Later that week, Jeremy called me again and meekly suggested, “Uh…Zombies 11?” He knew that idea—undead Frank Sinatra planning a posthumous heist—was stupid as it was leaving his mouth.

Then, a month later, another contact and another idea.

“Hey Nick, how about something like Bimbos of the Death Sun?”, referring to Sharyn McCrumb’s humorous cozy murder mystery set at a science fiction convention.

“Fuuu—” I began.

“Meets True Detective!” Jeremy finished.

“….uiiine. That sounds fine!” It was 2014. Discerning, intelligent people still liked True Detective.

The project, originally called Madness of the Death Sun, was a perfect fit for me. It’s practically a stage of human psychological development: hit middle age and write a mystery novel about one’s workplace in which the most loathsome employee has been brutally murdered, and all one’s co-workers are suspects.  The author makes himself or herself the sleuth! Novelists work alone, but fandom is pretty much a workplace for pros in the field of fantasy and horror. The True Detective angle of course suggested Lovecraft fandom as a niche within a niche, and who is the most hated person in the Lovecraftian world…?

Ah, it’s me. So our poor victim, Panossian, is me. The me that has Armenian parents, not Greek ones. Who grew up in Massachusetts, not New York. Who wrote one failed novel instead of seven semi-successful ones. The me who never got it together, started a family, or found a real job. The me who isn’t so nice and sweet. Panossian is so changed from me that he wasn’t me at all. Hell, I’d slice his face off too.

Now I needed two other main characters—a murderer, and an amateur detective. I was talking to a Lovecraftian friend of mine while working on the book proposal, and asked her if she would like to be “my” killer, or my vengeful friend the sleuth. She said, “Sleuth, of course! I’m all about Law & Order!”  (She meant the TV show, not the sociopolitical-legal system.) So she got a few personality changes and action heroine upgrades—kung fu, green hair, the ability to examine a faceless head on a mortuary slab without vomiting onto it—and was cast. When I was done, she wasn’t herself at all either, but someone new: Colleen Danzig.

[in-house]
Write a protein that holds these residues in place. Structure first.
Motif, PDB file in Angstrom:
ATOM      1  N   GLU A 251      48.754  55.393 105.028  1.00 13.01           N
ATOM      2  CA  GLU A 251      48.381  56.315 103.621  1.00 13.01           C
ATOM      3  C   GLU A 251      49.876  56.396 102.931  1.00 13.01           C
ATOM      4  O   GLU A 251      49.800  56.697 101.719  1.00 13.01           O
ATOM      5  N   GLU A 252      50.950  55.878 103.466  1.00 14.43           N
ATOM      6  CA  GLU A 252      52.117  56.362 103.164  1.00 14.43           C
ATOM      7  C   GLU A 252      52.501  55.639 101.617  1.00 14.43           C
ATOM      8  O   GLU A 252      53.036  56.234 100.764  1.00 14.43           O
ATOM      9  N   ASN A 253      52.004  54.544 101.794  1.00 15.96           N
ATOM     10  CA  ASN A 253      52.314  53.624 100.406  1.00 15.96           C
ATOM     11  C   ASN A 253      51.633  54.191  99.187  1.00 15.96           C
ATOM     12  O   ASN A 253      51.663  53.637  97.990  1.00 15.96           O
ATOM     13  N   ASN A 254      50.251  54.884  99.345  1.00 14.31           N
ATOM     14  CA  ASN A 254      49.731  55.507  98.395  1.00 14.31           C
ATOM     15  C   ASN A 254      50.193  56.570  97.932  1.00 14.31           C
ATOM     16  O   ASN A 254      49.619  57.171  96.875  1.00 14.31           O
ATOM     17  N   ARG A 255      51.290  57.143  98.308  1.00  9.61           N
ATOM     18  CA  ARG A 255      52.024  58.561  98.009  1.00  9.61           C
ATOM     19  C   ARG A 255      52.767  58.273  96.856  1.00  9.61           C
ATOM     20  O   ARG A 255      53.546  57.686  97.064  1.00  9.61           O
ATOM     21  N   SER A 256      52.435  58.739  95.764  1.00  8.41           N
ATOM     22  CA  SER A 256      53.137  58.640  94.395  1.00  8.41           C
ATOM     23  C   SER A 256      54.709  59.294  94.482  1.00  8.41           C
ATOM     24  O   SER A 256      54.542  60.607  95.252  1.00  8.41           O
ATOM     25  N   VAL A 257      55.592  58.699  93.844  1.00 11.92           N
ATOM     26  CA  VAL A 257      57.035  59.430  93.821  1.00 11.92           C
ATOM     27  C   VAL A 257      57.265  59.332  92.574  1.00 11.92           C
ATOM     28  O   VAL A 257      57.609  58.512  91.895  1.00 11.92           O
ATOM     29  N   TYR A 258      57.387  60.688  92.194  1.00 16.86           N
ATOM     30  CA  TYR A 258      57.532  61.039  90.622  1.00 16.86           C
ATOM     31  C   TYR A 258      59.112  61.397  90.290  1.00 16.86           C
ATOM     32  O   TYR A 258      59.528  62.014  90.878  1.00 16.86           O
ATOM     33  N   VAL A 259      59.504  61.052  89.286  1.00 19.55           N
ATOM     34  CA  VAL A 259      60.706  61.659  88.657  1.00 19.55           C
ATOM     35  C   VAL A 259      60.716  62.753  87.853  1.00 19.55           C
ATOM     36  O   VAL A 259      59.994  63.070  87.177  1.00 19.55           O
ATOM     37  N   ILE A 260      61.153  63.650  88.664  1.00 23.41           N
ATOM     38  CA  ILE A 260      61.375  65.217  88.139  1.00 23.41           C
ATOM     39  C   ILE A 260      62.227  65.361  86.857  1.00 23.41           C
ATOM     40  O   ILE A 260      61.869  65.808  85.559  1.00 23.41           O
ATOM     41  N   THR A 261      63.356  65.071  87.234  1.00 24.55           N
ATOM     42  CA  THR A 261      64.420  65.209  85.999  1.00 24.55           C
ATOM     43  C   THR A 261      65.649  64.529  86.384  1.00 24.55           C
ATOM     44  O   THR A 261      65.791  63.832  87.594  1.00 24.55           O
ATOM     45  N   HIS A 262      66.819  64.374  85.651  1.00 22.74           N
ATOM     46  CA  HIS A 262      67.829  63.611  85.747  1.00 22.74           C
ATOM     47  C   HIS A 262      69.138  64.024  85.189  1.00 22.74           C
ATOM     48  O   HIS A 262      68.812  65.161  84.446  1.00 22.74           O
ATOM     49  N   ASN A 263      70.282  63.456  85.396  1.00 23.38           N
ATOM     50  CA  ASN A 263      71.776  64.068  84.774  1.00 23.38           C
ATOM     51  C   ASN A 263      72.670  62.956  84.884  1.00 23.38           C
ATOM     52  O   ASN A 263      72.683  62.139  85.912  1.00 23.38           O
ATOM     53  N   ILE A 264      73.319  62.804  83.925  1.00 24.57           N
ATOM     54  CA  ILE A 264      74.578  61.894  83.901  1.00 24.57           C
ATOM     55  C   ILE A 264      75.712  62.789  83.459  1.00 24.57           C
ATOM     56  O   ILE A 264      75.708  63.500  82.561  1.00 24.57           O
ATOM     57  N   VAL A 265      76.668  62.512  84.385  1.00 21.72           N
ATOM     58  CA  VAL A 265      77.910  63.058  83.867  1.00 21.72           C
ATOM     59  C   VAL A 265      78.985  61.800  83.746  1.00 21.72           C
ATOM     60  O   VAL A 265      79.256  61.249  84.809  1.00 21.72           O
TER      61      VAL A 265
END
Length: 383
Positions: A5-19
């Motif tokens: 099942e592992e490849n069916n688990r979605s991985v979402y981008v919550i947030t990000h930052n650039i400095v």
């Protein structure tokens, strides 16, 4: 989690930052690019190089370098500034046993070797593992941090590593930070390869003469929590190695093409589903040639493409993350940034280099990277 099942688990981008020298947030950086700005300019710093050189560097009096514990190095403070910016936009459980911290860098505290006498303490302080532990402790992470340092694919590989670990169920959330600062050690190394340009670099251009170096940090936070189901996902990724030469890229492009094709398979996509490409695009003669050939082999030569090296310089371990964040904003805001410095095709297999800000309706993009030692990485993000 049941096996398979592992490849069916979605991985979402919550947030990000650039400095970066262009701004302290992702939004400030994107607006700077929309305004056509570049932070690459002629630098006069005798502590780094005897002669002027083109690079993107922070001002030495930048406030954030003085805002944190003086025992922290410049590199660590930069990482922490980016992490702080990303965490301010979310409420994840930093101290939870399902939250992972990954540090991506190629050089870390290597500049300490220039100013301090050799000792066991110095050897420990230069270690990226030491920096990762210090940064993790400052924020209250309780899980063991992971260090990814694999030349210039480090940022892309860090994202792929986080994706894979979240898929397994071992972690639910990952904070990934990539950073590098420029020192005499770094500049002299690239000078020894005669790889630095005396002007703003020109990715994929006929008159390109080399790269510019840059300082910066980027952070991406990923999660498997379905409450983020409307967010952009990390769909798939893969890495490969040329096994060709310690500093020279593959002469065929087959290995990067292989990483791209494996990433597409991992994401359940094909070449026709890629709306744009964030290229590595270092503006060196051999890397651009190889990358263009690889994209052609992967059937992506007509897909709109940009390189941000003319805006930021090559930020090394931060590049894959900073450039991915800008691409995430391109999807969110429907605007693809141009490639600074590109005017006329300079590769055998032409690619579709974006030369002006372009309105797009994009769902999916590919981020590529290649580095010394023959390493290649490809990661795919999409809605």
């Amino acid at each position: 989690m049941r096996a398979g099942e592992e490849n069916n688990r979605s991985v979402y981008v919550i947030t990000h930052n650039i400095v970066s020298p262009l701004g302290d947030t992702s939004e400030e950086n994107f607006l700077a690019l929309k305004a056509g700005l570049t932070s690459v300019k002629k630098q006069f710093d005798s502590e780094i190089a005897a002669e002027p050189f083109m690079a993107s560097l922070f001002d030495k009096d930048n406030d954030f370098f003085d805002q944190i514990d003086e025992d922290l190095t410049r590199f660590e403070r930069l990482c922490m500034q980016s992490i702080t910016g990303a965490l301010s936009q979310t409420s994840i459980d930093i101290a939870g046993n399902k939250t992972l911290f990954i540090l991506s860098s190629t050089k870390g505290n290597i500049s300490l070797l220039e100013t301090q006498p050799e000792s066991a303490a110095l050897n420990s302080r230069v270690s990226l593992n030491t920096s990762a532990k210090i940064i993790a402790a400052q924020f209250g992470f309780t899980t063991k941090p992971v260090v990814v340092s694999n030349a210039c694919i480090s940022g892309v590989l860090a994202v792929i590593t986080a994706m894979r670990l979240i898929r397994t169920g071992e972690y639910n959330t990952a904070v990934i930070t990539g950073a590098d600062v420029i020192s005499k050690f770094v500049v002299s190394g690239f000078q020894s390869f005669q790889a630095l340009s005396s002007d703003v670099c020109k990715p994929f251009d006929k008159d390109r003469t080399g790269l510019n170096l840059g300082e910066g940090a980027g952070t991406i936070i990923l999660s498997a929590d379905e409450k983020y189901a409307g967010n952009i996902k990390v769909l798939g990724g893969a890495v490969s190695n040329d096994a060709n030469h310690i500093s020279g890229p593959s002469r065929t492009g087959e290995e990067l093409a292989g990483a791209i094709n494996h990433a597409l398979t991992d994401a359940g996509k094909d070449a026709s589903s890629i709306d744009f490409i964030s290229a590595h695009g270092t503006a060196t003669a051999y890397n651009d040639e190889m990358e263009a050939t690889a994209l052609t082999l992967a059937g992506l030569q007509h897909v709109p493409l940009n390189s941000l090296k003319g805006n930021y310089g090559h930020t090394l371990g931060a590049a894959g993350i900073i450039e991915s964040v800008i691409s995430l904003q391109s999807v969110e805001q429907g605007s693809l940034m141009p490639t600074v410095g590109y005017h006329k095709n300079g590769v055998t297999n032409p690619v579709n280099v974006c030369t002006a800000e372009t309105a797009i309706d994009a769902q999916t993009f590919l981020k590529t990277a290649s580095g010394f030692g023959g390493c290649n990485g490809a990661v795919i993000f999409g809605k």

All the other attendees of the Summer Tentacular…well, they are made up. Like the disclaimer at the front of novel says, “All characters appearing in this work are fictitious, especially you. Any resemblance to real persons, living or dead, is purely coincidental.” No more pesky lawyers for me!

In the year since the book, now called I Am Providence, was completed, we’ve experienced a fair share of controversies in fandom: the successful movement, which I supported, to eliminate the bust of Lovecraft as the World Fantasy Award and the creation of a far-right literary award that adopted its own version of a Lovecraft bust; a keynote speech widely regarded as Islamophobic at a major Lovecraftian convention; and the continuing dismissal of women writers working in the Lovecraftian mode and pointedly negative reviews of a women-only Lovecraft anthology. Then there was that horrible second season of True Detective.

Also over this past year, several authors have read I Am Providence in manuscript form and, to a person, they’ve all said the same thing about my tour of the murderous underbelly of organized fandom:

“Nick, you were too kind.”

—-

I Am Providence: Amazon|Barnes & Noble|Indiebound|Powell’s

Visit the author’s blog. Follow him on Twitter.

 

Hey Scalzi, How Did You Vote For The Hugos?

The voting for the 2016 Hugo Awards closed yesterday, and you may ask (and some of you have) — how did I vote? Why, the same as I vote every year: By ranking the works I liked highly, those I did not lowly and employing judicious use of the “No Award” option when necessary. This year, as with last year, the “No Award” option got more of a workout than it might normally, thanks to the inclusion of nonsense on the ballot put there by obnoxious people. But certainly in most categories there was good stuff to celebrate, and I happily celebrated it.

With regard to the obnoxious people incursion this year, it does seem after an initial flurry — and excepting Chuck Tingle’s glorious trolling of said obnoxious folk — things settled down quickly enough and people just did their usual voting thing. Which was nice! Lack of outside drama surrounding the Hugos are what they need at this point.

Aaaaaand that’s all I have to say about it this year. Good luck to most of the nominees, and we’ll see who takes home the rockets in about three weeks in Kansas City.